Where it stands: The OECD tells Axios that their analysis of the U.S. shows an estimated $8.2 billion in fossil fuel subsidies in 2019, with 60% for consumption, 27% for production and the remaining 13% for "general services" (which includes R&D and infrastructure).

Go deeper: We explored IEA data and analysis on consumption subsidies here.

3. The potential oil savings from electric trucks
Reproduced from Rhodium Group; Note: Low and high estimates based on COVID-19 trajectory and recovery; Chart: Axios Visuals

There's lots of buzz around electric trucks these days, so it's not a bad time to examine what their large-scale deployment would mean for oil demand and carbon emissions.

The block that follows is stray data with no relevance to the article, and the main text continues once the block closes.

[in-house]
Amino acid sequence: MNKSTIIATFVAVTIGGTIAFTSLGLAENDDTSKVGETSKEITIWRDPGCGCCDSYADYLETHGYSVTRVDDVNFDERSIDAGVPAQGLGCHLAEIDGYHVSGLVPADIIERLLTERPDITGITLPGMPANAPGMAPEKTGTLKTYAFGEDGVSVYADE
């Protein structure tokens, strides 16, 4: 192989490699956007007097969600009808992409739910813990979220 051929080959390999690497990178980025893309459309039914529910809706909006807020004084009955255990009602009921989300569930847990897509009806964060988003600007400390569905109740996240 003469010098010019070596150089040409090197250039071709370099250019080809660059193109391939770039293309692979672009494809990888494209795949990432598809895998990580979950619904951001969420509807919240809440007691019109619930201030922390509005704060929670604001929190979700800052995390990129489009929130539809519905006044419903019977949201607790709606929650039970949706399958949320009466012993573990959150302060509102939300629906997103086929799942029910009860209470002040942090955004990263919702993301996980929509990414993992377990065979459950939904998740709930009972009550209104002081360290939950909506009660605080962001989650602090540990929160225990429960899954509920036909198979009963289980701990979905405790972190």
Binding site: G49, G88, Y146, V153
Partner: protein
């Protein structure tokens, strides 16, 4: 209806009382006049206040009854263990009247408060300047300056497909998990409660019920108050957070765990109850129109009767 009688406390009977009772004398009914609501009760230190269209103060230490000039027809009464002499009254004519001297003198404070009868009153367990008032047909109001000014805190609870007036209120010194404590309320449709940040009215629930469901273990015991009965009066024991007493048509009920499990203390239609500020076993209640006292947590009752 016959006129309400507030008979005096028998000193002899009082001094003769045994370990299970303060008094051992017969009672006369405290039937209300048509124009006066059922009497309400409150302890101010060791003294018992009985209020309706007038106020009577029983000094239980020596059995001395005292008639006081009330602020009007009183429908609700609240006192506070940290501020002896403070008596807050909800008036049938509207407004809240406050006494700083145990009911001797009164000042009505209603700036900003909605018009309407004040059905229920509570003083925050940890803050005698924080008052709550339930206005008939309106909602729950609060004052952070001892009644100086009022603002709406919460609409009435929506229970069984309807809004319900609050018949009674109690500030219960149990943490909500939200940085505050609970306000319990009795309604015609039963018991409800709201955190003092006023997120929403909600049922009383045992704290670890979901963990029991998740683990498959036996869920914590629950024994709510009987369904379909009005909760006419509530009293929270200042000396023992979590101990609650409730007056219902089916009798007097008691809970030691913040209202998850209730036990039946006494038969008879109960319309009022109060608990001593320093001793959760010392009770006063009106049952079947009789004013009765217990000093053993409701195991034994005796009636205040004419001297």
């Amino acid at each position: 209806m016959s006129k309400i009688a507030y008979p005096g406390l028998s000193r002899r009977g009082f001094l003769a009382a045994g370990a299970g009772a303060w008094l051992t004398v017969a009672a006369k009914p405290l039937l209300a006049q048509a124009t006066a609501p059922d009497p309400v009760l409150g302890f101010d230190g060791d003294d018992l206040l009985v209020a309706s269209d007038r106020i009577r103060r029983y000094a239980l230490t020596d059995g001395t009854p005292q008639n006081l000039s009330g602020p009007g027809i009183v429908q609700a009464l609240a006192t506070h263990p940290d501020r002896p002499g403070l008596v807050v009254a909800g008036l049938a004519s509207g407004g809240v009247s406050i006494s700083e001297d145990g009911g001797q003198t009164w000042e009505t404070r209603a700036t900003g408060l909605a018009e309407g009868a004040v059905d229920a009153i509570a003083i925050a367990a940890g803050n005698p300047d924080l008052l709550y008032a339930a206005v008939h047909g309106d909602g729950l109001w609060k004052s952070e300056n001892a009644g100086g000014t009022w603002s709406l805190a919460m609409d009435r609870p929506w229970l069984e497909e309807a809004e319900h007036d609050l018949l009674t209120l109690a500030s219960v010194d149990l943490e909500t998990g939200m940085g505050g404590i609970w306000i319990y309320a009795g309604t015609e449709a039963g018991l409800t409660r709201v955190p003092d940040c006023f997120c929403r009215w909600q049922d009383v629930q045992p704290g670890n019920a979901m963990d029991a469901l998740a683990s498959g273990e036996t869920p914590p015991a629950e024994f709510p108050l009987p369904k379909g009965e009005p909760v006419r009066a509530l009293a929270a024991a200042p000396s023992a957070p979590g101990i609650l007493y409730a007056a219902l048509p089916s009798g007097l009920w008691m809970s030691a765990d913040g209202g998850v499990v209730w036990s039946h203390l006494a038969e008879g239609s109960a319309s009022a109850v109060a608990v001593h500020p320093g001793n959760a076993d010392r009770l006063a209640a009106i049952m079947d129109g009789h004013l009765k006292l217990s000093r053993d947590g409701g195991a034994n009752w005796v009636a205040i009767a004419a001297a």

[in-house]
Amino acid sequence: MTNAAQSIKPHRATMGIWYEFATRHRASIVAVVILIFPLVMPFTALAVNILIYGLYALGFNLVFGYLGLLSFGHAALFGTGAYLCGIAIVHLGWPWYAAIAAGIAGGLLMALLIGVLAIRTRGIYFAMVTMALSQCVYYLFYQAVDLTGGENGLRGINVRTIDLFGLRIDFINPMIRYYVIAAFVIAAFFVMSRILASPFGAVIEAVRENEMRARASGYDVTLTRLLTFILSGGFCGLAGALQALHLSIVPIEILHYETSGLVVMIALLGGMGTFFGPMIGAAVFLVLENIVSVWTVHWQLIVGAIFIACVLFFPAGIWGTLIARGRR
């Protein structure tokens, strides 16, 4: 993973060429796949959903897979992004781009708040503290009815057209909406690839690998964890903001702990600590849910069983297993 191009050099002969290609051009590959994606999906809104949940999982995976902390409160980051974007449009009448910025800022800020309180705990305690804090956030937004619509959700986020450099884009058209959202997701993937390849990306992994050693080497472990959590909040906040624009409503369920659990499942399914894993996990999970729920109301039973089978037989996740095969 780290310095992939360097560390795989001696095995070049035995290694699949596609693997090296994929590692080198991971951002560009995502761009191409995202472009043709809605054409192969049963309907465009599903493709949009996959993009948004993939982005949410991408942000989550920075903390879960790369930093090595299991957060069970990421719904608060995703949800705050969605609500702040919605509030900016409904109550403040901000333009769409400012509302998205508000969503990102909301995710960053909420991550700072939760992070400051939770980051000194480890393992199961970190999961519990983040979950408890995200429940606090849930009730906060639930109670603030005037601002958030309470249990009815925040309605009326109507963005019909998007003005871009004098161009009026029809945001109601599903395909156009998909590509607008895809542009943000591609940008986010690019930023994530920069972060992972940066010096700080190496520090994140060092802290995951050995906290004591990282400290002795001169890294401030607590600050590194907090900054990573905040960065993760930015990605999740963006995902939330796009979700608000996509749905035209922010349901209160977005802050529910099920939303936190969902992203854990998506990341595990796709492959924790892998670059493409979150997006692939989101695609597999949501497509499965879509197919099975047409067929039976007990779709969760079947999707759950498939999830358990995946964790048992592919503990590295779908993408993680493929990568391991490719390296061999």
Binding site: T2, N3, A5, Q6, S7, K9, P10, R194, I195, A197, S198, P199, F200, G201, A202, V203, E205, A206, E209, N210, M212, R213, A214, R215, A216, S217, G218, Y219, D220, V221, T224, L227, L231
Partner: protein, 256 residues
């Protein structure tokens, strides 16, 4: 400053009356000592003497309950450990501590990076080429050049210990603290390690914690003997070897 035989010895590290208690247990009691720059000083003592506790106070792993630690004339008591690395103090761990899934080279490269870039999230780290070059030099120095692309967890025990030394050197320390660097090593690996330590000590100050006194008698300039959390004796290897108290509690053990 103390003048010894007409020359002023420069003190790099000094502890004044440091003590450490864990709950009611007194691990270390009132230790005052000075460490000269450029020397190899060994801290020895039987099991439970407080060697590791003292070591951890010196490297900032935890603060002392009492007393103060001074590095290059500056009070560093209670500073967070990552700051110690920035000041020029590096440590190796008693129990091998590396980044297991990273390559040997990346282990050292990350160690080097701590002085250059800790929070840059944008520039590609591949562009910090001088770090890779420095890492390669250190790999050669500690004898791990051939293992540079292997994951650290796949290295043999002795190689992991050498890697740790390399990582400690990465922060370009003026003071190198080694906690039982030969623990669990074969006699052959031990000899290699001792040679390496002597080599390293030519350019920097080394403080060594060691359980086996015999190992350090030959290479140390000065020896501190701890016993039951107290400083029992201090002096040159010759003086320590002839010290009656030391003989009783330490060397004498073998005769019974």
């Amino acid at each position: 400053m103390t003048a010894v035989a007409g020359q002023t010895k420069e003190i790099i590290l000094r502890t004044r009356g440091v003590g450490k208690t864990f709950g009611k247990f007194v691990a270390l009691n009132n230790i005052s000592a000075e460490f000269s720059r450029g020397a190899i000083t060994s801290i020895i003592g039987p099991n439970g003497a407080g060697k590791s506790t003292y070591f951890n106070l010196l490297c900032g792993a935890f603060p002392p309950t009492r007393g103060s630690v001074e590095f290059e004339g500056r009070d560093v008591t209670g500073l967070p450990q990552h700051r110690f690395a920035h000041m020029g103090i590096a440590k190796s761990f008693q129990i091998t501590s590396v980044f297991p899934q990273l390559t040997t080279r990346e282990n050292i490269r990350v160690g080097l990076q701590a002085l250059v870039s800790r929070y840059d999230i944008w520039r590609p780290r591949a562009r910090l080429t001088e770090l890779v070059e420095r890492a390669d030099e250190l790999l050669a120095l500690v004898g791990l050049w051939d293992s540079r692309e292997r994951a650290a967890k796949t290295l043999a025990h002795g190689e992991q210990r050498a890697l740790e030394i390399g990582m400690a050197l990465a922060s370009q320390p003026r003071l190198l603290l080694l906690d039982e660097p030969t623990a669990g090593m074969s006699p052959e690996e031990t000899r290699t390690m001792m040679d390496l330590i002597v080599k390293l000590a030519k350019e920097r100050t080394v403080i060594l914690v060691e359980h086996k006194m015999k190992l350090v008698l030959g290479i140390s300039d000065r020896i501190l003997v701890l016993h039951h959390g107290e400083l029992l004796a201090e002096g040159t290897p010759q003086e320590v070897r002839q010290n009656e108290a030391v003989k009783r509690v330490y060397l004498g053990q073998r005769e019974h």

Driving the news: That brings me to new(ish) analysis from the Rhodium Group consultancy, which sees the potential to displace enough oil to make a "significant dent" in transportation sector CO2 emissions.

  • It estimates the long-term effects of a recent 15-state nonbinding pact to bolster the use of zero-emissions heavy trucks and other medium- and heavy-duty vehicles.
  • California, one of the states, also recently approved mandatory regulations on greatly increasing zero-emissions truck sales between 2024 and 2045.
  • The study also explores the impact if these state efforts were transformed into a nationwide mandate, which would mean more than half the U.S. medium- and heavy-duty fleet would be electric by 2045.

What they found: Check out the chart above.

  • "If the [15-state] MOU were expanded nationally, the impact would increase six-fold. By 2035, cumulative oil demand would fall by 806 to 843 million barrels, expanding to 4.6 to 4.9 billion barrels by 2045," Rhodium finds.
  • "The long-term effect of expanding California’s approach nationally would reduce oil consumption in 2045 by 16 to 17%," the Aug. 13 analysis notes.

What we're watching: How a potential Joe Biden administration would seek to curb emissions from big trucks.